Tiny Catholic-majority country continues to roll out its Covid vaccination program
Minister of Health Odete Maria Freitas Belo is directly involved in vaccinating residents in Ermera municipality on Oct. 3, part of the government's efforts to involve ministers in the vaccination campaign. (Photo: Ministry of Health)
Following the detection of the new Omicron Covid variant in several countries, including neighboring Australia, Catholic-majority Timor-Leste is on the alert while continuing to boost its vaccination program.
Noe da Silva Ximenes, chairman of the Committee for Health, Social Security and Gender Equality, urged the Health Ministry to implement strict controls at border checkpoints and airports to prevent the spread of the new variant.
“We have heard about the new variant spreading around the world, including Australia. The government needs to tighten our border controls. Mandatory quarantine is imposed for those who wish to enter the country," state news agency Tatoli quoted him as saying on Dec. 2.
The Omicron variant, which was first detected in South Africa on Nov. 24, has spread to several countries around the world. Australia reported nine new cases on Dec. 3 and there has been local transmission of the virus.
Ximenes said it was important for the government to continue to disseminate information about the Omicron threat and hoped to continue to boost the vaccination rate.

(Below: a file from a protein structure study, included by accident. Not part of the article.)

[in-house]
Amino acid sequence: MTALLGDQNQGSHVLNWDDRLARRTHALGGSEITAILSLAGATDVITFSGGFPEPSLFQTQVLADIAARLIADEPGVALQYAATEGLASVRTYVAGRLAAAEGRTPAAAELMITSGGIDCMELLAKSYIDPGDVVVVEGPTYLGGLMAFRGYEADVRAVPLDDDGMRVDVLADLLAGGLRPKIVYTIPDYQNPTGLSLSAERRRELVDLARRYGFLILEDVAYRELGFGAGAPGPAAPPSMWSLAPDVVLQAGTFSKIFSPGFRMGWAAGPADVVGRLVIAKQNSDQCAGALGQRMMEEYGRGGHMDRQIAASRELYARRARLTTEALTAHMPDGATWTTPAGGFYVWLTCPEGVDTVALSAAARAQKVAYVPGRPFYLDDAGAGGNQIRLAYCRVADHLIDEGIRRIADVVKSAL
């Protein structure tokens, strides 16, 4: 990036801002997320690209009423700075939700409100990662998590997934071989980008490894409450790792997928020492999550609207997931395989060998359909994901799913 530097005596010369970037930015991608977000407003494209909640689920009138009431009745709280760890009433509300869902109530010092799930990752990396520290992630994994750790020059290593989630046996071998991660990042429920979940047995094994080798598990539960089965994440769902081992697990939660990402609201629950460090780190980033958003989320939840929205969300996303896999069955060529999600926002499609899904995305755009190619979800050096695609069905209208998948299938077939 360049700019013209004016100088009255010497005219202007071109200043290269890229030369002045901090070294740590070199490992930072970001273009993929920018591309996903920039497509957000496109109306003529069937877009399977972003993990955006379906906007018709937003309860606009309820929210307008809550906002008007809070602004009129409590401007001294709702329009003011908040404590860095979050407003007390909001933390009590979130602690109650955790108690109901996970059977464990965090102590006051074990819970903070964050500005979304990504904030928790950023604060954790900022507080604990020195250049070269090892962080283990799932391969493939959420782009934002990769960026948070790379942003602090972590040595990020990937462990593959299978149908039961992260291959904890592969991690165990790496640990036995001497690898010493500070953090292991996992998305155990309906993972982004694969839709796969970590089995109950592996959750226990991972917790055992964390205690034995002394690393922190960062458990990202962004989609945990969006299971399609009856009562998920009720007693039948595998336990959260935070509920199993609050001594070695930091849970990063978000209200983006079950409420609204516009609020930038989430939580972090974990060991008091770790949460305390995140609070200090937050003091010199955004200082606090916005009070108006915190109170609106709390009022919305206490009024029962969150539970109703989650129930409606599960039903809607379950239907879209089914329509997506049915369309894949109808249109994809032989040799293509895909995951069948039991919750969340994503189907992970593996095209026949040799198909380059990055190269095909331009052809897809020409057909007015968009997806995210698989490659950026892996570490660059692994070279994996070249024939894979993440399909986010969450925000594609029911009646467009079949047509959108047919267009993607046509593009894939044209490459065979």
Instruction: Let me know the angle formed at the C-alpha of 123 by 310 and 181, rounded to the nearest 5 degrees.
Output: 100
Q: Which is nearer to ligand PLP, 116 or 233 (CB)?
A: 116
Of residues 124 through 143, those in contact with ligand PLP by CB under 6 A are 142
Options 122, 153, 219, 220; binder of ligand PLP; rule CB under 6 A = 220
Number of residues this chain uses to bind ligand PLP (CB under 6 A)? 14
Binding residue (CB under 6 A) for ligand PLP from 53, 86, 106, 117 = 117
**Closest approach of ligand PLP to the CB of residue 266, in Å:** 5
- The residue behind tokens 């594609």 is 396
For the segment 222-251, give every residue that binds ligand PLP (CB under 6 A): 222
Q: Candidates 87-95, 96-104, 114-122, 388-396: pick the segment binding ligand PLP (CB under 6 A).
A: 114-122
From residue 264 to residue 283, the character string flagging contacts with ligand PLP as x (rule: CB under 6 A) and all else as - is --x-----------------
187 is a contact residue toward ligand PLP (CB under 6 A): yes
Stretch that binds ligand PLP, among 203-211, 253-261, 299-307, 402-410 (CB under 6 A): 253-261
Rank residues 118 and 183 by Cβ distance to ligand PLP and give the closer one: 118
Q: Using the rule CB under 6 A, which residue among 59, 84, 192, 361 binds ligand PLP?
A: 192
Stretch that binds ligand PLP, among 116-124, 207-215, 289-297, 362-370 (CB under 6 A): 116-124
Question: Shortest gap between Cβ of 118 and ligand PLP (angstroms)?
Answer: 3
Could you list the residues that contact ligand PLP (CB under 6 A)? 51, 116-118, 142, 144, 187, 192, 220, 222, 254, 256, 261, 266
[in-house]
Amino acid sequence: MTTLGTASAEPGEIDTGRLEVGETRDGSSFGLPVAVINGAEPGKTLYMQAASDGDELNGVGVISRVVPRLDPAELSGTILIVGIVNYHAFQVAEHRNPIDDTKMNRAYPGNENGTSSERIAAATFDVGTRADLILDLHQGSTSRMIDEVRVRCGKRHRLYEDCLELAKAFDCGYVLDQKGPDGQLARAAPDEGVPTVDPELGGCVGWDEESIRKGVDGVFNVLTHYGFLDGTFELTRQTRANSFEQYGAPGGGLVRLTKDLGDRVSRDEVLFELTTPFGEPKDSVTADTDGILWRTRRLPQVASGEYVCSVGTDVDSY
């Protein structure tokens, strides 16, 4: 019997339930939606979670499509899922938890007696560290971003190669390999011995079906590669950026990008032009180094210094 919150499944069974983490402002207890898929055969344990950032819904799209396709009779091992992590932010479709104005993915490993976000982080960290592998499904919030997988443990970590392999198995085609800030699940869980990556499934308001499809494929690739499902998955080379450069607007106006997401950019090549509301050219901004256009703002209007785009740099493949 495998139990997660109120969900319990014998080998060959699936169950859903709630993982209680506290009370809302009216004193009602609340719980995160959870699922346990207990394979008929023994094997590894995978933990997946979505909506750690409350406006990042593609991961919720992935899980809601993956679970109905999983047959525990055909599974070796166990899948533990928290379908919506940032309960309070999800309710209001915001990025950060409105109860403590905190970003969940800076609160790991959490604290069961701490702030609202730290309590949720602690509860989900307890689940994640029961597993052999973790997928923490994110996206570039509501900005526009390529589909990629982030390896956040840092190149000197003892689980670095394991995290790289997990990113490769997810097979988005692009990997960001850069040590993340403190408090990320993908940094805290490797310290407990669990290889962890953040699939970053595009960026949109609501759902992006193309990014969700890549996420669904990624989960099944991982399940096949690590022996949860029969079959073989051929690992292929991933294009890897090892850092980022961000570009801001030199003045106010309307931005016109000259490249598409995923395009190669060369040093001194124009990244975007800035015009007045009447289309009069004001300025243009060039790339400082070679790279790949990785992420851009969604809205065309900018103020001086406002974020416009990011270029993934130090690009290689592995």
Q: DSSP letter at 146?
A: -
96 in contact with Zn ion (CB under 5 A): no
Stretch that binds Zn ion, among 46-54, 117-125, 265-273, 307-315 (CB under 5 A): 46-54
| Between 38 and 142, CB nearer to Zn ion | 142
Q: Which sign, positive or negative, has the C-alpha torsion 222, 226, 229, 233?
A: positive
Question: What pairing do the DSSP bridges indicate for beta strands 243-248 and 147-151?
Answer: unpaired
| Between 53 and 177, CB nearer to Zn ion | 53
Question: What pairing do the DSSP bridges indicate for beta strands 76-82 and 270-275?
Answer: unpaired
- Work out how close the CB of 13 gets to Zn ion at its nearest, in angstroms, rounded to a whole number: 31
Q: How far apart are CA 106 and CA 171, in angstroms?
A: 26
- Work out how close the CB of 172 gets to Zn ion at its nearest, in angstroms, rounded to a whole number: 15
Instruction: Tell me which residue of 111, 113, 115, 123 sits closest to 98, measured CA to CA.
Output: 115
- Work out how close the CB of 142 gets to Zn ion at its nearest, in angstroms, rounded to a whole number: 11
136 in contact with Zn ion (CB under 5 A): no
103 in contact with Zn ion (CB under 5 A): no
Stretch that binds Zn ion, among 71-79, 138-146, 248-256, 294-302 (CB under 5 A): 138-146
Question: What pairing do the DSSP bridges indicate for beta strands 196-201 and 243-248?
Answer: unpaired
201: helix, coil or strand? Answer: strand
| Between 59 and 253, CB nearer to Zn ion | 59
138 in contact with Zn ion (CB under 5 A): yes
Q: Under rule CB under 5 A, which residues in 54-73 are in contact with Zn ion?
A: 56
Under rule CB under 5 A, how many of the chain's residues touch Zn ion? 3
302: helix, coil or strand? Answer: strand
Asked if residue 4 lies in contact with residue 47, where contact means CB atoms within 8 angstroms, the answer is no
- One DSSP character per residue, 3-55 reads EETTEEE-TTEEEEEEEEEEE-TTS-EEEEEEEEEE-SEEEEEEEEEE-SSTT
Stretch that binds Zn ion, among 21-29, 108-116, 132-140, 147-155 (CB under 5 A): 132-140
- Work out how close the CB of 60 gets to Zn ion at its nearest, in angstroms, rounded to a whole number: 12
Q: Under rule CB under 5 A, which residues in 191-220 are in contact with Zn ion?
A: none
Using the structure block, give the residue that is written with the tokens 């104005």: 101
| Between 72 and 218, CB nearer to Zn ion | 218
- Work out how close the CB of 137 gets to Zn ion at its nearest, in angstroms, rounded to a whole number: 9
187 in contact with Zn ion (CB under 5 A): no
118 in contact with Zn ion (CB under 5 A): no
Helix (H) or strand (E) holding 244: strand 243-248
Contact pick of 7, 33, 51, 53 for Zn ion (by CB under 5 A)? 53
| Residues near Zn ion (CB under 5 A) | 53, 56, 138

As of Dec. 1, some 60 percent of Timor-Leste's population had been fully vaccinated and 81 percent had received the first dose out of the population of 754,864 aged 18 and over. For children aged 12-17, some 33,866 had received the first dose and 13,324 were fully vaccinated.
We have to be careful because Australia has detected some cases, so the new variant can enter our country via flights
“If the situation worsens, then the decision lies with the president to close the borders and airports or implement a limited isolation or lockdown,” said Minister of Health Odete Maria Freitas Belo.
She said her ministry will continue to share information with the inter-ministerial technical team.
“We have to be careful because Australia has detected some cases, so the new variant can enter our country via flights. We hope that Indonesia does not detect this virus," she added.
Meanwhile, Fidelis Manuel Leite Magalhaes, chairman of the Council of Ministers, said he hoped to get detailed information about the virus from countries that have adequate health facilities.
"This information is very important for us to take extra action," he said.
He said although Omicron poses a high risk of infection, previous measures are still useful to prevent and combat this variant, including social distancing, wearing masks and washing hands regularly.
The small country with a population of 1.4 million currently has only three active Covid-19 cases.
Efforts to deal with Covid-19 are largely dependent on the assistance of other countries. Danina Coelho, spokeswoman for the Inter-Ministerial Commission for the Implementation of Covid-19 Prevention, said of the 1.3 million doses they have received, all were donations from countries such as Australia, Japan, Portugal, New Zealand and China.
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